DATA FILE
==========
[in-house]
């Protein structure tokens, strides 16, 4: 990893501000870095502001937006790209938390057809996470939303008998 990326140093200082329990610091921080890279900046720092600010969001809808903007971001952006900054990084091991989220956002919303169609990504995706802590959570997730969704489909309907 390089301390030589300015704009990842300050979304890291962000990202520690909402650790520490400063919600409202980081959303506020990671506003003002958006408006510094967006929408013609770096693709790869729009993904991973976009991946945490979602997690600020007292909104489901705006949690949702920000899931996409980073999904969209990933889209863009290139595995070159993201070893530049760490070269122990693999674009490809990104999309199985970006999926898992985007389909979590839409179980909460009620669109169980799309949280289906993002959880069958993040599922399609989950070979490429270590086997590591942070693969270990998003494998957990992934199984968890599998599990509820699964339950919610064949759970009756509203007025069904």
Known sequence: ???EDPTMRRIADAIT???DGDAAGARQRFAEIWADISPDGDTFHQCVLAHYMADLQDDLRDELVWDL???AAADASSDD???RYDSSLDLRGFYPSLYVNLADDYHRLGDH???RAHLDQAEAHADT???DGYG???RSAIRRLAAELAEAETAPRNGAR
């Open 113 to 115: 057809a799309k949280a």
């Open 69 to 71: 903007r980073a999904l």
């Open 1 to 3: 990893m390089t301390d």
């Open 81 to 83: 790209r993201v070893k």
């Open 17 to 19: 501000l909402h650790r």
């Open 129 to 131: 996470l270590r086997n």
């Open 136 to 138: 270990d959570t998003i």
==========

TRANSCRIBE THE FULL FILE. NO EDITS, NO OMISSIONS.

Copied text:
[in-house]
């Protein structure tokens, strides 16, 4: 990893501000870095502001937006790209938390057809996470939303008998 990326140093200082329990610091921080890279900046720092600010969001809808903007971001952006900054990084091991989220956002919303169609990504995706802590959570997730969704489909309907 390089301390030589300015704009990842300050979304890291962000990202520690909402650790520490400063919600409202980081959303506020990671506003003002958006408006510094967006929408013609770096693709790869729009993904991973976009991946945490979602997690600020007292909104489901705006949690949702920000899931996409980073999904969209990933889209863009290139595995070159993201070893530049760490070269122990693999674009490809990104999309199985970006999926898992985007389909979590839409179980909460009620669109169980799309949280289906993002959880069958993040599922399609989950070979490429270590086997590591942070693969270990998003494998957990992934199984968890599998599990509820699964339950919610064949759970009756509203007025069904």
Known sequence: ???EDPTMRRIADAIT???DGDAAGARQRFAEIWADISPDGDTFHQCVLAHYMADLQDDLRDELVWDL???AAADASSDD???RYDSSLDLRGFYPSLYVNLADDYHRLGDH???RAHLDQAEAHADT???DGYG???RSAIRRLAAELAEAETAPRNGAR
């Open 113 to 115: 057809a799309k949280a």
């Open 69 to 71: 903007r980073a999904l």
């Open 1 to 3: 990893m390089t301390d």
């Open 81 to 83: 790209r993201v070893k």
């Open 17 to 19: 501000l909402h650790r």
């Open 129 to 131: 996470l270590r086997n």
């Open 136 to 138: 270990d959570t998003i």